So last Christmas was hard. Every Christmas song, every party, every film had me start to get excited, only to have the sensible, protective voice in my head tell me to stop being happy, to brace myself for the horrible, emotional reality that only bad things were going to happen to us. I pasted on a smile for the entire months of November and December and struggled hugely with severe anxiety. Barely a day went by without tears – and when a tiny smear of pink appeared on Christmas Eve, our festive period was a write off (to clarify, our little baby was fine. But there was no support on hand except A&E over the bank holidays so we decided to sit it out in awful, tearful, terrified suspense and tell almost no-one).

Fast forward a year to me sitting in the Bluewater food court playing with our daughter, with tears in my eyes because Wizzard is playing, and it suddenly all makes sense. I can’t quite believe my luck. My baby-sick-covered, exhausted, stinky-pooey luck. She’s here. She’s healthy and a real person and a challenge and a love and just our absolute everything. All things I was 110% certain would not happen for us if you’d asked me this time last year.

So I apologise if you catch me with a tear in my eye during the Christmas songs on the radio, or as we pass a choir singing in the street, or if my voice breaks when the John Lewis advert comes on the TV. I’m just feeling all the festive feels you’re supposed to feel, magnified by 100. I am grateful, and feeling lucky, and I want to hug everyone I love.

And to those currently feeling like we felt last year; I can’t know for sure where your next year will go or what else you might have to struggle through. But I can tell you that whatever life has in store, you will survive. It’s a cliche, but it will make you stronger and  leave you with an incredible gratitude for the important things. You’re not alone – there are people everywhere who on their Christmas-jumper-wearing surface have not a care in the world; but who bear the scars of painful Christmases past. We’re here for you, we understand. Be kind to yourself and know that one day, with a mince pie in hand, you’ll find yourself once again enjoying the festive feels.

The things I want to remember

The things I want to remember

Dear daughter,

Already time is moving so fast. You are nearly 21 weeks old, that’s almost 5 months and not far off half a year. While I’m fortunate to be taking nine months off work, I’m over the halfway point. You change every day – some nights I’m certain you’ve grown in your sleep.

In the blink of an eye you’ll be slamming doors and screaming at me about your terribly unfair life. With that in mind (and, frankly, because mummy and daddy have been pretty rubbish at filling in any kind of memory/baby book), here are the things I want to remember…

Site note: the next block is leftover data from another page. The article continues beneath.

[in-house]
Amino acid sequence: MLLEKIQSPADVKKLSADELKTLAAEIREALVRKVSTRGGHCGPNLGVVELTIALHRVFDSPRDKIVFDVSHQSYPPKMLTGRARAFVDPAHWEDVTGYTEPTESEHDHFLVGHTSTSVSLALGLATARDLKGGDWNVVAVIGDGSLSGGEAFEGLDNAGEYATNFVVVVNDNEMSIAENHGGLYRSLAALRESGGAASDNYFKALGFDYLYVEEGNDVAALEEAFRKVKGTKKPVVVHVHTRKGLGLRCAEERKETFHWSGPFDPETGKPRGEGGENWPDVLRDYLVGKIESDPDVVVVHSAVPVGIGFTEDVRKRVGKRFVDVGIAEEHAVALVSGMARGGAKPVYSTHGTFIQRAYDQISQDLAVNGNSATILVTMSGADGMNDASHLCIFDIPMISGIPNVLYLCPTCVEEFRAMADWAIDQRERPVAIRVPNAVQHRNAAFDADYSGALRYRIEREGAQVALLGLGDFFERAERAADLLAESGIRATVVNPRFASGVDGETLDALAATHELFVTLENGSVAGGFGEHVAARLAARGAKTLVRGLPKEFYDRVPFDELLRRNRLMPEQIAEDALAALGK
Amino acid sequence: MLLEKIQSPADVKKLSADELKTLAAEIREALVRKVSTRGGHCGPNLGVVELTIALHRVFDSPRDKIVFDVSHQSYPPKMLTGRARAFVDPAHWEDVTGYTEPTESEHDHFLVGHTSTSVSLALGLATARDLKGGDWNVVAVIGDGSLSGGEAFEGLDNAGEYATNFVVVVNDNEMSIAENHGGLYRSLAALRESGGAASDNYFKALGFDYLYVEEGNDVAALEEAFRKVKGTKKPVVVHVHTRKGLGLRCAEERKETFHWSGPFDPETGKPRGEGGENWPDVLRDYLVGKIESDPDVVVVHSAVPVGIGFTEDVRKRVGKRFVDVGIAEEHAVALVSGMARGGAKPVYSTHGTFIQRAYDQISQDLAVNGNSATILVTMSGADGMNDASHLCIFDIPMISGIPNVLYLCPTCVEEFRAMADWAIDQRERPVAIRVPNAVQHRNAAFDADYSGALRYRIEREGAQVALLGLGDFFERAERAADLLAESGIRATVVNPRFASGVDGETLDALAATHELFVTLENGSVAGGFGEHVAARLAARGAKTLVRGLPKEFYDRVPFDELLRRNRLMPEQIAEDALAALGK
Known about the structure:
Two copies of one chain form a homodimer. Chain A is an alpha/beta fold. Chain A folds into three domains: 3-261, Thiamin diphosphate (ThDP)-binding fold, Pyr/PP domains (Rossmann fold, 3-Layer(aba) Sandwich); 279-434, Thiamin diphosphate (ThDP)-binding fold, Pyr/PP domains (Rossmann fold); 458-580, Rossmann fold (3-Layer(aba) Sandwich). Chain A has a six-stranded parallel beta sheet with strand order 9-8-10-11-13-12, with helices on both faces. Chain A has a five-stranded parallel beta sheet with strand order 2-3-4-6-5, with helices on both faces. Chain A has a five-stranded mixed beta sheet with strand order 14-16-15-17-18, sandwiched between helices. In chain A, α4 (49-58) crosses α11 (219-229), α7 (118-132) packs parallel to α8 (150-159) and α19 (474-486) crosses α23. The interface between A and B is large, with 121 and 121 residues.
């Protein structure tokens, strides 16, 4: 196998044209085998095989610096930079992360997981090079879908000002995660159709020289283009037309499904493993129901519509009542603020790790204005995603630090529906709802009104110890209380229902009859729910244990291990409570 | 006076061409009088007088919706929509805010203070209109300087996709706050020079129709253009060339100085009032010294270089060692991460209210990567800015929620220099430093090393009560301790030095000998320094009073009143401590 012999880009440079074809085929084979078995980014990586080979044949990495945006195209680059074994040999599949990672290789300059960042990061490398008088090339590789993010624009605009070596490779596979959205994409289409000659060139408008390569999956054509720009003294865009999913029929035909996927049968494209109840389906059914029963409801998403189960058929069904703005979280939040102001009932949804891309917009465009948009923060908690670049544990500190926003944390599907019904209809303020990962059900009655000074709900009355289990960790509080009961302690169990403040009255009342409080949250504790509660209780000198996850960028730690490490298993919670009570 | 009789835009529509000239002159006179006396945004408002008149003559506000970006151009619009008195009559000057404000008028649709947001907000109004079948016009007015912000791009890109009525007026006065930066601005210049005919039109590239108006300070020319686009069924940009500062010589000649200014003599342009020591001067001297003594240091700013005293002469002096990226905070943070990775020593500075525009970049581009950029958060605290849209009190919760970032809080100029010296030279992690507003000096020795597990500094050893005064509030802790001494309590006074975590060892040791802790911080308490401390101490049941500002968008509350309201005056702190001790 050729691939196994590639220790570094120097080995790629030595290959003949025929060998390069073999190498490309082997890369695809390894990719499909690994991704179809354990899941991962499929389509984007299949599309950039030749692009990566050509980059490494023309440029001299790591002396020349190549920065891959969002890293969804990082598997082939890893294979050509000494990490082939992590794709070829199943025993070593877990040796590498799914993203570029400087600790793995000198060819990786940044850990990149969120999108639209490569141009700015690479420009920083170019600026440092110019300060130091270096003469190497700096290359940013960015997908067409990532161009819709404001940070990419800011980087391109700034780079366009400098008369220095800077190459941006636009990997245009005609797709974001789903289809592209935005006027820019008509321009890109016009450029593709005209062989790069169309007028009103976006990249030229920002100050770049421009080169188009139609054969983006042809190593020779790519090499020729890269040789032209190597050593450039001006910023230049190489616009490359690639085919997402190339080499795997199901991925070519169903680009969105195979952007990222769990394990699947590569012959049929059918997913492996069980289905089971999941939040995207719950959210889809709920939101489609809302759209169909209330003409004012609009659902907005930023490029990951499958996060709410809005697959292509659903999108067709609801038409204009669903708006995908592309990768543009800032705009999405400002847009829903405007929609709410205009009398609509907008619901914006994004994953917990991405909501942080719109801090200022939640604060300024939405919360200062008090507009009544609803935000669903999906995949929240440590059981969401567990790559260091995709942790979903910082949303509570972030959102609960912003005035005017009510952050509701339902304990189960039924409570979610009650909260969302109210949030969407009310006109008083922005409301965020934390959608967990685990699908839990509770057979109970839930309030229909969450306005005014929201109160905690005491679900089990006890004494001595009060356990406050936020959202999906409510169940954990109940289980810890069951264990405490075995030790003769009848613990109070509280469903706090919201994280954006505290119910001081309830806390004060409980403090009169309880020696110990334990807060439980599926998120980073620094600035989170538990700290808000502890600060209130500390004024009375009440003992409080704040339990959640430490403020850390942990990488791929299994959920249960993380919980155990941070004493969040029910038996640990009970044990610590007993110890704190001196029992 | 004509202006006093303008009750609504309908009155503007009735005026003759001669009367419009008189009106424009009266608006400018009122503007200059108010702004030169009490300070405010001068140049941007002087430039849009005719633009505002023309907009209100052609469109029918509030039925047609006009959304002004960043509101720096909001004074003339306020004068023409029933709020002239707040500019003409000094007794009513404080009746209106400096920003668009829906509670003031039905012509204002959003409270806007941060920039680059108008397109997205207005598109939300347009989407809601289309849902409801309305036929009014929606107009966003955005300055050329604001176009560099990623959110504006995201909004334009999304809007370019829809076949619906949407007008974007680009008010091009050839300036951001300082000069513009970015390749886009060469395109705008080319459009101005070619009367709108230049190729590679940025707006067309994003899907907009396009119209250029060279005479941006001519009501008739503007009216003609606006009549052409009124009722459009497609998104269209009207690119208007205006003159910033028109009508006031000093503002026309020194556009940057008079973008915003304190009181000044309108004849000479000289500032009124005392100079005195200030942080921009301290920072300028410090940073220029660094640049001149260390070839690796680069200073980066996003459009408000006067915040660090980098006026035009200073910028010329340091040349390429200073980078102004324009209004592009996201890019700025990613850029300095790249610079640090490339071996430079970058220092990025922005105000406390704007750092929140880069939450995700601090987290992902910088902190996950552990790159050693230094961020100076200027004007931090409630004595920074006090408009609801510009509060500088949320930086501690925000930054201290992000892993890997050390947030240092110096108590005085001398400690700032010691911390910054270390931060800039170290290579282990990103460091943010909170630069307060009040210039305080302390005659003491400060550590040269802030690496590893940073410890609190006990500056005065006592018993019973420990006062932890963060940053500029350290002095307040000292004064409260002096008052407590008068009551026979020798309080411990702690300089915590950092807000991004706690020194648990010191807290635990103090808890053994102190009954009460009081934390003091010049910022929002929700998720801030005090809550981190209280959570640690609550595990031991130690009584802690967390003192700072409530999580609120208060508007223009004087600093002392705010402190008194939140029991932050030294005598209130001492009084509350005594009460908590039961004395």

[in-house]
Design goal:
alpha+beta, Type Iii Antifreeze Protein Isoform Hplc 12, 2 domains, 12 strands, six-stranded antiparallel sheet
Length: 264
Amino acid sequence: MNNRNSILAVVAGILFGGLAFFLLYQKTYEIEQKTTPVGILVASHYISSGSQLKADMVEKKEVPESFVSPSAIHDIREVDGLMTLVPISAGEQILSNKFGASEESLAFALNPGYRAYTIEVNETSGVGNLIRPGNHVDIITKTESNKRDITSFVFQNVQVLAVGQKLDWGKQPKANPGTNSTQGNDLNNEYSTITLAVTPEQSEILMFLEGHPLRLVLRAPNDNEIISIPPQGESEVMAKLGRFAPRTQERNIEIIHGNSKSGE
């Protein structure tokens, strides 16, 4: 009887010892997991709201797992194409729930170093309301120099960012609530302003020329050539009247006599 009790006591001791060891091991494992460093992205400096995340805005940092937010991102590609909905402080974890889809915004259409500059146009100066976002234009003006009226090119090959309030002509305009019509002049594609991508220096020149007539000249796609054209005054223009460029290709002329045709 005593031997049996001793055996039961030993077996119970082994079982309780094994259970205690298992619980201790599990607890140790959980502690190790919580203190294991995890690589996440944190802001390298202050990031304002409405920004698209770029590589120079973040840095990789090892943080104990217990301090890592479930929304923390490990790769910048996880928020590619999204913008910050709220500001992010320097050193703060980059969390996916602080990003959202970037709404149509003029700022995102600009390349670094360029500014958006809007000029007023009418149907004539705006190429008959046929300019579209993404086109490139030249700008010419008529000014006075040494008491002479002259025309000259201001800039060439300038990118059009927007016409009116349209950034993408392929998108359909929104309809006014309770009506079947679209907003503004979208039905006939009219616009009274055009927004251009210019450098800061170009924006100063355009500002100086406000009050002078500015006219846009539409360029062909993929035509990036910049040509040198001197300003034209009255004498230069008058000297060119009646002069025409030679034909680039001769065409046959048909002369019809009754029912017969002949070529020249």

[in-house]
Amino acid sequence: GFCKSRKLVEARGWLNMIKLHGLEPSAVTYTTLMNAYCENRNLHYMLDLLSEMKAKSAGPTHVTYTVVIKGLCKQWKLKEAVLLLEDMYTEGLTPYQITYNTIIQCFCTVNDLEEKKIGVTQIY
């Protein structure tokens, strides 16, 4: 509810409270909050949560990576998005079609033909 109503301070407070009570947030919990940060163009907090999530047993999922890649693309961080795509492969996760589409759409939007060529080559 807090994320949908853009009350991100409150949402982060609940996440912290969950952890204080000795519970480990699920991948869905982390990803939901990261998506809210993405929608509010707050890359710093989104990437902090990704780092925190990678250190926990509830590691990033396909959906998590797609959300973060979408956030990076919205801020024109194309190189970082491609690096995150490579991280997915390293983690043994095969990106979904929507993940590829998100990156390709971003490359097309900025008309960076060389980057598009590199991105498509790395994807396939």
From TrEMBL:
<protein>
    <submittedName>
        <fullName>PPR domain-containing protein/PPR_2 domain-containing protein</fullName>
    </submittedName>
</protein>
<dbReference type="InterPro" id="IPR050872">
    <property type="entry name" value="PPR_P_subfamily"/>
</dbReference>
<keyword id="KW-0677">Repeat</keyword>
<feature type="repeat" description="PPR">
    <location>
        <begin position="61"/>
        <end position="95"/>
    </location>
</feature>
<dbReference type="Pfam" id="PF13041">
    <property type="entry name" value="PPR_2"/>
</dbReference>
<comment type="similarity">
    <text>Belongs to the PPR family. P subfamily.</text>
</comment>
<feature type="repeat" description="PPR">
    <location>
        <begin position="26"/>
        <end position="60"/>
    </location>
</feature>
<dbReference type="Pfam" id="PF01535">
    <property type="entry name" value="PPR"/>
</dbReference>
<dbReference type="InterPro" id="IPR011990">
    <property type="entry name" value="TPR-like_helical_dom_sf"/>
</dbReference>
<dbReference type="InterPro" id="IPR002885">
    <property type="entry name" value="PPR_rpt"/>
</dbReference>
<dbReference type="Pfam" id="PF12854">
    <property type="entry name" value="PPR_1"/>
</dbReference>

• The way your face lights up when I tell you ‘Good morning beautiful girl’ and get you from your crib
  • The way your little hand curls around my finger while I feed you your bottle
  • The way you stop crying almost instantly when you’re with a stranger and they pass you back to me
  • The look on your face when your daddy gets home
  • You and Daddy having a cuddle
  • The sound of you babbling to yourself in the middle of the night
  • Your huge smile when Daddy suggests it’s time for ‘splash, splash, splash’ (bath time)
  • The pride on your face when you found your feet for the first time
  • The pride your daddy and I felt the first time you held your head up properly during tummy time
  • The smell of you straight out of the bath
  • The heaviness of your head on my arm when you fall asleep during a snuggle
  • The sound of your first proper laugh
  • The way you screeched like a dinosaur and grinned madly during a choir’s rendition of ‘All I want for Christmas is You’
  • How much you enjoy us singing ‘The Grand Old Duke of York’ and ‘If you’re happy and you know it’
  • Your tired eyes
  • Your chubby little legs
  • Your fluffy duckling hair as it grows.

Mainly, I want to remember how grateful I am for every last thing about you – every day isn’t shiny and wonderful and I’m certain we have numerous hard days together to come. But you are the star I wished upon, the dream I was scared wouldn’t come true, and the very best thing that has ever happened to us. Please, when I’ve driven you mad with my rules and you think you hate me; read this and remember how very loved you are, and have always been.

Love Mummy xxx

Muslins, guilt and mocha-lattes

Muslins, guilt and mocha-lattes

So, here’s the thing about parental leave…while absolutely necessary while you navigate the paths of parenthood, it’s also a huge adjustment. For those of us used to working full time, suddenly framing your entire day around a small human and desperately trying to secure at least a little adult interaction for yourself every day is both tiring and expensive. I should have shares in Costa, and they should rename the decaf, skinny mocha-latte; ‘the Hilary’.

And as you suggest coffee dates to your family and friends, book lunches and walks and shopping trips, it will creep in. The guilt.